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Technology in the public realm: ‘Street smart’ just got a whole new meaning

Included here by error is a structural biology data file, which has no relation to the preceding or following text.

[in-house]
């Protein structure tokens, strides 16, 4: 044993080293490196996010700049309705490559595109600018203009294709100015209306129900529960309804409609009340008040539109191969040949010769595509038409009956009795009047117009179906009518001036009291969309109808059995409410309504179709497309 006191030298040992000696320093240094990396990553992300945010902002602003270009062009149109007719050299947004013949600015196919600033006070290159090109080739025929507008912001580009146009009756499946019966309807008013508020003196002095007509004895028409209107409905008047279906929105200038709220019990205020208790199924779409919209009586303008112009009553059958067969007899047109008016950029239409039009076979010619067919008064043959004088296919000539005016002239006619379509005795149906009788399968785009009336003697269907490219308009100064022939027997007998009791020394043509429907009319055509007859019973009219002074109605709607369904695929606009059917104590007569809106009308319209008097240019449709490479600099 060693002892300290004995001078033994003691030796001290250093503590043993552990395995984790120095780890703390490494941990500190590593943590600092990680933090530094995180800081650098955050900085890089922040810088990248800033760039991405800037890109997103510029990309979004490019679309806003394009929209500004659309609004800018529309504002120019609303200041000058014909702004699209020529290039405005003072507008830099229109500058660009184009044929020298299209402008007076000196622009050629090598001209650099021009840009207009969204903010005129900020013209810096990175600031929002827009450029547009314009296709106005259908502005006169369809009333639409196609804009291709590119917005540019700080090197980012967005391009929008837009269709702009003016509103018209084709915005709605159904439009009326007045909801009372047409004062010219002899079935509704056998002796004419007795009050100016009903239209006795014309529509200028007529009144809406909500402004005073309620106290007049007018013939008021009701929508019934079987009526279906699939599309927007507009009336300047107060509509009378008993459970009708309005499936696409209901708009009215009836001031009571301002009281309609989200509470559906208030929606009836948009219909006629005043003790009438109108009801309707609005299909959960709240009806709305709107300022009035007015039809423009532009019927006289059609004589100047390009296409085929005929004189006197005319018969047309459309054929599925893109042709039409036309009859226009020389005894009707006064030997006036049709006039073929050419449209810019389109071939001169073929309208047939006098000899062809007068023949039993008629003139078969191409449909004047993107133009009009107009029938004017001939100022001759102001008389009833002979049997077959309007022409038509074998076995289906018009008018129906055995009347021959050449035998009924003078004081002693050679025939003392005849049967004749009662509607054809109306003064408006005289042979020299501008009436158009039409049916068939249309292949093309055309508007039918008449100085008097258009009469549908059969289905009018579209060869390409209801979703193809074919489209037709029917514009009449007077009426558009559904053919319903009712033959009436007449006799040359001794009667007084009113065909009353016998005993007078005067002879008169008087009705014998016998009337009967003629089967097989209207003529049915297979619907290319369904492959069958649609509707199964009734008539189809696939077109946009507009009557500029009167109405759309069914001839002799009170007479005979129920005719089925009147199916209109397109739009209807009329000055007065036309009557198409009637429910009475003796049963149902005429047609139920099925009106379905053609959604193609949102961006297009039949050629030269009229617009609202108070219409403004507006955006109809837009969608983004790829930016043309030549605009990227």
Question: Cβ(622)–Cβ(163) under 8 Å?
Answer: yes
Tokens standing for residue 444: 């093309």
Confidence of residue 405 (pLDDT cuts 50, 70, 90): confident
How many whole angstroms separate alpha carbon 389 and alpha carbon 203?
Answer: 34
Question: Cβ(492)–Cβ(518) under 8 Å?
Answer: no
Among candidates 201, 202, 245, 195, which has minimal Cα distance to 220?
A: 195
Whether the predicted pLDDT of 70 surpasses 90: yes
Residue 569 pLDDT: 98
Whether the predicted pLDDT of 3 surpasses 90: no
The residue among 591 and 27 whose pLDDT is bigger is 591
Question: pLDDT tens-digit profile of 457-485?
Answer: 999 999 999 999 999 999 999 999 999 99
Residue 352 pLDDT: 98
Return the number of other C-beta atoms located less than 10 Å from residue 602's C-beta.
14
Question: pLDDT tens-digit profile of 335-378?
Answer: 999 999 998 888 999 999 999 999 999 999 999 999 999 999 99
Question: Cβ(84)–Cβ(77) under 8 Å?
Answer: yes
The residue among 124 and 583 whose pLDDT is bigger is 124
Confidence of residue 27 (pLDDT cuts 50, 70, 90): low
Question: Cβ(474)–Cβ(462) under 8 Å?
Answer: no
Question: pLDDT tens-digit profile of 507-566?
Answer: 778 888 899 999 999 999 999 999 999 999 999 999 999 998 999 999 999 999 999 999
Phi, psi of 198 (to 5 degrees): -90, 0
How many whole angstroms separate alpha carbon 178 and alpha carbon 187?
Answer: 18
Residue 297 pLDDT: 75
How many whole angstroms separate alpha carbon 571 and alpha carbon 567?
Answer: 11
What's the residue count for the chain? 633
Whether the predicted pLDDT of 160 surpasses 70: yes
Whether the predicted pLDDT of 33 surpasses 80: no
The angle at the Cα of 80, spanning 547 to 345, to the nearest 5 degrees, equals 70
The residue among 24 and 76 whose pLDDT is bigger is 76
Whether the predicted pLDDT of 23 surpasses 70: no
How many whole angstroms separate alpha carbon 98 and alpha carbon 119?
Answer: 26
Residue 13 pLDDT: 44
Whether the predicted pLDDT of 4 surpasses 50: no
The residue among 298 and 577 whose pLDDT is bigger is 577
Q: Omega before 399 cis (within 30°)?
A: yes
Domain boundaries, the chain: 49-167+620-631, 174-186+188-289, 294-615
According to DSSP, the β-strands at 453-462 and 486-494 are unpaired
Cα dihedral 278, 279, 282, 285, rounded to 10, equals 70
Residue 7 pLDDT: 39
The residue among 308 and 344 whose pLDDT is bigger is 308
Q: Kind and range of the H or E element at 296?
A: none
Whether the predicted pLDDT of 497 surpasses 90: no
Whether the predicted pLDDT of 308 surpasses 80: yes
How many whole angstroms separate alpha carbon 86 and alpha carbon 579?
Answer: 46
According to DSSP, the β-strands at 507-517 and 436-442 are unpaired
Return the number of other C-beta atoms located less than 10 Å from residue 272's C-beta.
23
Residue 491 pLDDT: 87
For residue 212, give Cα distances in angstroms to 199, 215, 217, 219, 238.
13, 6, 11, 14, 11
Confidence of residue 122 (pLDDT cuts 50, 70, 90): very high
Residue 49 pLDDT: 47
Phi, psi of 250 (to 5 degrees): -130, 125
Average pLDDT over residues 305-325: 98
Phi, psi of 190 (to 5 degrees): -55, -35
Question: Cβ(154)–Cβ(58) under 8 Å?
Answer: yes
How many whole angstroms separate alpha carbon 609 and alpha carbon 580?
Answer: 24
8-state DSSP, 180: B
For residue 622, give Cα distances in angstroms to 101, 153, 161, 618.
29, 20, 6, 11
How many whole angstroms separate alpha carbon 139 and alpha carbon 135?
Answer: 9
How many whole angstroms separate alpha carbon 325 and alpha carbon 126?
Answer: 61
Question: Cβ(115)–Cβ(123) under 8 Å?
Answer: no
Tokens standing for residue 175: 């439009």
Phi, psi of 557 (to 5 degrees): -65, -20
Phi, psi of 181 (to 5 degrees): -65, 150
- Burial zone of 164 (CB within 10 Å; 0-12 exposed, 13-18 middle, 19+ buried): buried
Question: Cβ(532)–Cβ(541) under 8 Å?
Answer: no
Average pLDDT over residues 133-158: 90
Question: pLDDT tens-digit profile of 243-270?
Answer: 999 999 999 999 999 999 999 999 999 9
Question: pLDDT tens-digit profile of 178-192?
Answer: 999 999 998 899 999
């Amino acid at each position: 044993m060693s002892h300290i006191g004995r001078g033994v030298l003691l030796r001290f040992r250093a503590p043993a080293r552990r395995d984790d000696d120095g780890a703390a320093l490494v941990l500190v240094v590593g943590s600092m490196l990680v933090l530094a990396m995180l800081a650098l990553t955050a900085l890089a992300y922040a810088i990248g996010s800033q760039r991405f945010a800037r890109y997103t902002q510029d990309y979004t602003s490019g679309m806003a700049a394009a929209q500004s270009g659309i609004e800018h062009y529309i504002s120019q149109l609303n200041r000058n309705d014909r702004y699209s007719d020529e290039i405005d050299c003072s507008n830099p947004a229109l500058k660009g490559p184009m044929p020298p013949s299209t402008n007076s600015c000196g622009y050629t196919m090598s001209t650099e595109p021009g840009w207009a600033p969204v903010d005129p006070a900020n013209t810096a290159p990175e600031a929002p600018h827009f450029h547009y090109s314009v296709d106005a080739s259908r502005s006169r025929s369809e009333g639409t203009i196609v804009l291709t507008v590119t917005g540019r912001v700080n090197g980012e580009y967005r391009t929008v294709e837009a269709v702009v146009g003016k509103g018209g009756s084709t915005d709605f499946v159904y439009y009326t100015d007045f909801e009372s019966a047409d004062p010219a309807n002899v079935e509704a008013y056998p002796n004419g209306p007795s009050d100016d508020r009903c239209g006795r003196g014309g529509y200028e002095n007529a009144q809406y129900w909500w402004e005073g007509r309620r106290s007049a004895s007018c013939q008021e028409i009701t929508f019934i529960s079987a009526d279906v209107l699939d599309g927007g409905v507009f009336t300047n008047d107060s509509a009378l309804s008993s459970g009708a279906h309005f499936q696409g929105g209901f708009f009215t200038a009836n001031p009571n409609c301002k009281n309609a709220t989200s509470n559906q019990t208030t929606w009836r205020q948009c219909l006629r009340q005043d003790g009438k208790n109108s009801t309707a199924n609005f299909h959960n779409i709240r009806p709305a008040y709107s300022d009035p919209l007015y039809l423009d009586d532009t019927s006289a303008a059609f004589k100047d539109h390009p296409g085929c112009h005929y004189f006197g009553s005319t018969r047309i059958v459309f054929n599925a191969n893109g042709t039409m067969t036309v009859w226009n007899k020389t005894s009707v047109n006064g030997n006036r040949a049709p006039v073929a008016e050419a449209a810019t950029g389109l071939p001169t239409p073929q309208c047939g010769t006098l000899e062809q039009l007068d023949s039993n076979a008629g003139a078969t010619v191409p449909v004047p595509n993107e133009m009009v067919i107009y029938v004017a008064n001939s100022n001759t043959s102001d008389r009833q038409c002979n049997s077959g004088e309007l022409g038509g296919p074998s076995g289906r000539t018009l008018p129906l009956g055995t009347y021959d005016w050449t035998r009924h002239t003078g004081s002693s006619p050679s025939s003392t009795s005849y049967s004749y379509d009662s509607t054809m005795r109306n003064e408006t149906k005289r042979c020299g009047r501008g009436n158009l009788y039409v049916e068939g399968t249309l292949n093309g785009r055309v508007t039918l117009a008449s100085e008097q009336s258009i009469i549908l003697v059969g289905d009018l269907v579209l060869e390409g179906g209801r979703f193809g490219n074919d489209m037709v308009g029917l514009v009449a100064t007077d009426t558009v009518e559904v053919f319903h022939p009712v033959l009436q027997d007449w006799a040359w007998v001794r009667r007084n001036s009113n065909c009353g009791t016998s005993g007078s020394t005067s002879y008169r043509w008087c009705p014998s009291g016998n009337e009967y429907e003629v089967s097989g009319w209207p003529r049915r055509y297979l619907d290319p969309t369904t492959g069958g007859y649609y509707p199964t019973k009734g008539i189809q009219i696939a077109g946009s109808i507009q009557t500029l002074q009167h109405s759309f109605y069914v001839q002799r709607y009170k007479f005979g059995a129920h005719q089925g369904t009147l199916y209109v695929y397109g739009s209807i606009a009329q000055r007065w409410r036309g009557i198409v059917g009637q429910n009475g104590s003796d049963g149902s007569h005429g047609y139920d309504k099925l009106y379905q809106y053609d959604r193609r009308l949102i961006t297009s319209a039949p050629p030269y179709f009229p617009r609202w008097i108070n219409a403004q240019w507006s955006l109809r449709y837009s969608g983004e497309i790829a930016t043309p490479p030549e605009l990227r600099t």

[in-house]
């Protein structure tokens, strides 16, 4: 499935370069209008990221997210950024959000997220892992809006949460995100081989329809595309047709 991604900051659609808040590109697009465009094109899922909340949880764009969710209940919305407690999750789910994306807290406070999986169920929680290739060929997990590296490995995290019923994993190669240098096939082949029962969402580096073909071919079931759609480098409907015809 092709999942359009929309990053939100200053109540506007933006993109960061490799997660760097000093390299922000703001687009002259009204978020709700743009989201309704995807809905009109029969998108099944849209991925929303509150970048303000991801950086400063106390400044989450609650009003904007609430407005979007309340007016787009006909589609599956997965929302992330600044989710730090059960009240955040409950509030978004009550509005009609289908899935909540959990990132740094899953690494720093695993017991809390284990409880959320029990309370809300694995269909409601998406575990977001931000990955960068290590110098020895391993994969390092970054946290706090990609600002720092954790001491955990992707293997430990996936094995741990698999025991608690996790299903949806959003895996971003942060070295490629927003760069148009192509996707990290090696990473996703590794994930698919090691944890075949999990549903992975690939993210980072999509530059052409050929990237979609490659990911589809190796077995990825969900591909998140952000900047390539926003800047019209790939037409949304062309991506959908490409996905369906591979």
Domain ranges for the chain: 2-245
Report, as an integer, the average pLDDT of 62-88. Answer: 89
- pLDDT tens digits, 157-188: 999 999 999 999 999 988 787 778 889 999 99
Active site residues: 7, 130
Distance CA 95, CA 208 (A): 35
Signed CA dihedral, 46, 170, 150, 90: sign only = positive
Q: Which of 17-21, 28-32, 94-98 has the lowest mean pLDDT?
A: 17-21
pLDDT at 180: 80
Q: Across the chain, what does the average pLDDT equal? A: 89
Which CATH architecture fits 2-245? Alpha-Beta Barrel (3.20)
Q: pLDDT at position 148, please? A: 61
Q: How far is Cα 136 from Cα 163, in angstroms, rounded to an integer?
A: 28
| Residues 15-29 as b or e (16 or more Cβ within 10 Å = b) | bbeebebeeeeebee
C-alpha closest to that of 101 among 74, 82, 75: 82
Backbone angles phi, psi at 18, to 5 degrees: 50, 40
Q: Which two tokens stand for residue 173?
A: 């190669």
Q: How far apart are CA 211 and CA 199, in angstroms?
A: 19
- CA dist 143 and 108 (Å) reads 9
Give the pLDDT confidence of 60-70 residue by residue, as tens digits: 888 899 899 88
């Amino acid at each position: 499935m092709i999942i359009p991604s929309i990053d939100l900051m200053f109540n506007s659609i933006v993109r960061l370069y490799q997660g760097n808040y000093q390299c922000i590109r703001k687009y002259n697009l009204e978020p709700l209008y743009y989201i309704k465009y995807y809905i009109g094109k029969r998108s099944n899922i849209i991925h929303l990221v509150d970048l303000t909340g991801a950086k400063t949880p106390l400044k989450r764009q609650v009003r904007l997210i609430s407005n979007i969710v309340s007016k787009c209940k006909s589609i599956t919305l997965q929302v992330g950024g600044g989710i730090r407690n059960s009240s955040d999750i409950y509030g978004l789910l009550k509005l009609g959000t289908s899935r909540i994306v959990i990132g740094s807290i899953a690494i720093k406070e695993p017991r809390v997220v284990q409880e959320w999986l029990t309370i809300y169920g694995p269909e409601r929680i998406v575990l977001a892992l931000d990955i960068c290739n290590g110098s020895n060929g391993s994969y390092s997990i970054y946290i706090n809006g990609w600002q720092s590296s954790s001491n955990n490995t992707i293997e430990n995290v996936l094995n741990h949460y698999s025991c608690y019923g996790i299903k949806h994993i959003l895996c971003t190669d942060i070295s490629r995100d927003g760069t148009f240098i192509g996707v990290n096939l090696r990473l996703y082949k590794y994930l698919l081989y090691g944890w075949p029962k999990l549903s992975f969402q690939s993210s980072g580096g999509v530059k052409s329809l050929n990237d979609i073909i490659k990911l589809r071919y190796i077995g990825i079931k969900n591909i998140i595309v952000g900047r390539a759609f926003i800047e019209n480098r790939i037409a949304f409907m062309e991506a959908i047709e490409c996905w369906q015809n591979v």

‘Smart Cities’ are those that invest in and make optimal use of technology to transform the physical and social environment of the urban area and improve the performance of urban services. However, definitions of Smart Cities are broad and exactly what technologies are to be focused on is not specifically defined. At the end of the 20th century, ‘Smart Cities’ became a familiar buzzword in the planning arena, perhaps in response to major technological, economic and environmental change at that time. It has developed from a trend to a crucial city planning objective, to secure economic competitiveness, greater efficiency and better quality of life. Since the London Mayor’s ‘Smarter London Together’ Strategy was introduced last summer, innovative data application and smart technologies have been leading ideas in the development sector. The Strategy sets out how London can become the ‘smartest city in the world’. This has been recognised in the draft new London Plan. Draft Policy SI6 (‘Digital connectivity infrastructure’) seeks to ensure new developments have the digital connectivity required to support London’s global competitiveness and recognises the potential opportunities for mobile digital infrastructure to be accommodated within the public realm, to help meet consumer demands for mobile connectivity. Nationally, the National Infrastructure Commission’s July 2018 report sets out that ‘building a digital society’ should be a Government priority; the UK must progress improvements in digital connectivity to meet the needs of consumers and prevent the UK being left behind by other countries with smart agendas. We recently attended talks on digital street infrastructure by Future Cities Catapult and the Association for Consultancy and Engineering, which investigated and advocated just this topic. We found the possibilities for the integration of digital technology into our streetscapes a fascinating idea and a conspicuous example of the Smart City agenda. There are various methods of digitising infrastructure currently being explored in the urban context – all of which have the potential to make the City safer, cleaner, more efficient and exciting. This blog explores just some of the digital infrastructure emerging in London’s streets, and around the UK. InLinks InLinkUK, from BT, are modern panel units being installed on streets, replacing some old payphones. They provide ultrafast internet, phone calls and other digital services such as mobile phone charging, maps and directions and a digital BT phone book. All for free. InLinks have digital displays which are used for advertising purposes and can also show real-time information such as weather forecasts, messages to the community and travel updates. The first one was launched on Camden High Street in 2017. There are now 435 InLinks across the UK (correct as of May 2019) as shown on inLinkUK’s interactive map. If you haven’t spotted one of these in London yet, where have you been? Source: Nancy Stuart & Georgia Crowley, Stockwell. Interactive road crossings London-based software company ‘Umbrellium’ focuses on methods to build ‘engaging cities’, where people’s needs are put first. Umbrellium has developed an interactive road crossing that responds dynamically, in real-time, to road users. The Starling Crossing (STigmergic Adaptive Responsive LearnING Crossing) is designed to be the Zebra crossing of the 21st century. It reacts to the changing capacity of the road and may disappear when there aren’t many pedestrians or widen when there are a lot. Bright LEDs embedded into the road surface flash warning signals to (often smart phone-using) pedestrians, who veer onto this interactive road surface. The lights and patterns are controlled by a computer system, which analyses footage from cameras that constantly monitor the crossing. Source:  Umbrellium Smart street furniture When we rely on our smartphones for almost everything, running out of charge when out can be problematic. But, there are now benches around London where one can charge their smartphones for free. Source: Nancy Stuart & Georgia Crowley, London Bridge. Need to charge your electric car from a road-side parking space? Modified lampposts can provide easily accessible on-street charging points. In Southwark, 50 specially adapted lampposts have been installed by charging point company ‘Char.gy’. Other local authorities that wish to roll out on-street electric car charging can also apply for investment from the government’s ‘Onstreet Residential Chargepoint Scheme’, until 2020. Source: Nancy Stuart & Georgia Crowley, Clapham. This new generation of street infrastructure has the potential to adapt all sorts of ordinary street furniture to new multi-purpose digitised versions. As well as phone and car charging provision, street infrastructure is being explored that could act as security cameras or could deliver electricity for filming and festivals.The introduction of 5G has a huge role in the growth of Smart Cities and the proliferation of digital technology in the public realm. While the main media focus of 5G is improved personal data browsing speed, 5G is also a key enabler to many emerging technologies as digital connectivity is a precursor for deploying smart systems effectively – meaning 5G could strengthen and support this new generation of street furniture. There is a need for the planning system to be proactive to enable the delivery of both digital street infrastructure, and 5G connectivity. However, there are persistent cost, time and coordination challenges to the roll-out of new digital infrastructure. For instance, London boroughs have different approaches to granting planning permissions and prior approvals for digital infrastructure, and some Boroughs have prioritised this more than others. This could create disparities in accessing the benefits of new technology across the City. Digital infrastructure can also impact amenity and heritage, which are often concerns for planning authorities, and local policies aimed at decluttering public spaces often conflict with the installation of digital street infrastructure or mobile equipment such as masts. It may not always be clear what should take precedence, and outcomes of such a judgement may vary spatially. Overall, our streets are becoming more technologically friendly, benefiting the quality of life of city dwellers. As technology is increasingly becoming part of everyday life, our streets must adapt to accommodate our technology-driven needs. ‘Street smart’ has taken on a new meaning and we look forward to watching the public realm change to accommodate these and many other urban emerging technologies.